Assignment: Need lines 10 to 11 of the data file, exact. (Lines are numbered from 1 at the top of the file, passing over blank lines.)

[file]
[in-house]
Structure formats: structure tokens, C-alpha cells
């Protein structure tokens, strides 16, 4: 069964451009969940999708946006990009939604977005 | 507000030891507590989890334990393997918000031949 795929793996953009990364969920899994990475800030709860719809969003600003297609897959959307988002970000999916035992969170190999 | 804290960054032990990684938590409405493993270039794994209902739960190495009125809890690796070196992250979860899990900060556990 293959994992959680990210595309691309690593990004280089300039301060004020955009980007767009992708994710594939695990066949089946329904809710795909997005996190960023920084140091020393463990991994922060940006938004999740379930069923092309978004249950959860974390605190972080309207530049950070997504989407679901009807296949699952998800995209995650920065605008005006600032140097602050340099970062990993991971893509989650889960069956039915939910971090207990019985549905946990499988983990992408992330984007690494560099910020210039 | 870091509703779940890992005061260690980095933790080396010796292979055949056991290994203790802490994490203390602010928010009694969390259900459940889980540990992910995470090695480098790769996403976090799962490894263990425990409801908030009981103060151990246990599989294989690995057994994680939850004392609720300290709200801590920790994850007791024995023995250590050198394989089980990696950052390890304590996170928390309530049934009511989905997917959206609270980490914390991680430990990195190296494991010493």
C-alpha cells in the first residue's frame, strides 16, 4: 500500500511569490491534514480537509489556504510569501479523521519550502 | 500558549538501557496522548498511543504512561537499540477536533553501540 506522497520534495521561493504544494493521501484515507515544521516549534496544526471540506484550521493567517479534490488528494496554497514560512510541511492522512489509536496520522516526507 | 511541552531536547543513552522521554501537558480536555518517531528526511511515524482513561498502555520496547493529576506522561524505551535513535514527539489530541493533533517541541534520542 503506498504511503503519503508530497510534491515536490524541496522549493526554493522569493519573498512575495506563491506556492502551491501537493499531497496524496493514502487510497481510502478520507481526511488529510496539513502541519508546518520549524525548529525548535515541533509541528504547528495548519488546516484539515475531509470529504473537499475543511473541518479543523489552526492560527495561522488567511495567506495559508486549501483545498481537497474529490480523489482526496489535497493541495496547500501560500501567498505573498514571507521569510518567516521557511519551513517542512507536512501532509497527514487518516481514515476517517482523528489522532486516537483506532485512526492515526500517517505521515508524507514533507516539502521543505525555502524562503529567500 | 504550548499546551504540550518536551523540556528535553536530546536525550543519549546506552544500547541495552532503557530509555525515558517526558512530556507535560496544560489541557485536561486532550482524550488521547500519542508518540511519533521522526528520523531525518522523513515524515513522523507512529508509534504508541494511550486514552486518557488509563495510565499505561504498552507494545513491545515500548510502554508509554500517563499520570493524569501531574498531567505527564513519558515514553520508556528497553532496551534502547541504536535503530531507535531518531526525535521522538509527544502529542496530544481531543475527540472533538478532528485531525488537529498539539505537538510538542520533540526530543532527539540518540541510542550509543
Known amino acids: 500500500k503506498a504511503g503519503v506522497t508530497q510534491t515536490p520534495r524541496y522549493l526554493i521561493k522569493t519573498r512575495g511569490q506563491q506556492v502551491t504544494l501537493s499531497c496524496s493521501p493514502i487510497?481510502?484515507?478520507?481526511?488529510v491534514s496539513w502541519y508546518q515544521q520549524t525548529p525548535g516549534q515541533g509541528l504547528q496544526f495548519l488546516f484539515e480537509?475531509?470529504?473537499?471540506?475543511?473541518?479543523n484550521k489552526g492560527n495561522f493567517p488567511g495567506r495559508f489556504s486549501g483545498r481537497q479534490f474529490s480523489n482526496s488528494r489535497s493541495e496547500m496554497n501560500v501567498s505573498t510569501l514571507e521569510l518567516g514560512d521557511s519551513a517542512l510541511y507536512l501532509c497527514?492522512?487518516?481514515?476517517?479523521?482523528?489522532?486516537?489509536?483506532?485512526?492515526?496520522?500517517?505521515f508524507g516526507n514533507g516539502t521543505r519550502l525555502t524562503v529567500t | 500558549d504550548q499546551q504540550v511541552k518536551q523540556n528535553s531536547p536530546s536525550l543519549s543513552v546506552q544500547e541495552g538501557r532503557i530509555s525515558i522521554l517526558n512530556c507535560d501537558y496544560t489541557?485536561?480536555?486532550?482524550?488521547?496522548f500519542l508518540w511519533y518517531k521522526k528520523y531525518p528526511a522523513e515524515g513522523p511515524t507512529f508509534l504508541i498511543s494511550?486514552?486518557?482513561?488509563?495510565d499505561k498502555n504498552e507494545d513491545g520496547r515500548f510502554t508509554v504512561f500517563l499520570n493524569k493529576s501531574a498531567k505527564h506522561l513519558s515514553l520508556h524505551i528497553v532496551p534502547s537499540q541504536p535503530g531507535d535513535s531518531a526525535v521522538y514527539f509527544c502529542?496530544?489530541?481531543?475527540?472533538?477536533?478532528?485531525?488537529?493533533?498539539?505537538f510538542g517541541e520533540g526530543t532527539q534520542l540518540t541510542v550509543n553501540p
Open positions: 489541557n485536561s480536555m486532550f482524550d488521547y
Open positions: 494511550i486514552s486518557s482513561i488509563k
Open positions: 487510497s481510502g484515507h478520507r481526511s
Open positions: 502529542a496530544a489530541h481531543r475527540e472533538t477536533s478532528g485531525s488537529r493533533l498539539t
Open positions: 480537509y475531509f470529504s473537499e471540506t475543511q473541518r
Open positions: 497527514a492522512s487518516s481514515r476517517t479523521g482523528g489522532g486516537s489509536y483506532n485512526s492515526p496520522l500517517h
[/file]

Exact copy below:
Open positions: 480537509y475531509f470529504s473537499e471540506t475543511q473541518r
Open positions: 497527514a492522512s487518516s481514515r476517517t479523521g482523528g489522532g486516537s489509536y483506532n485512526s492515526p496520522l500517517h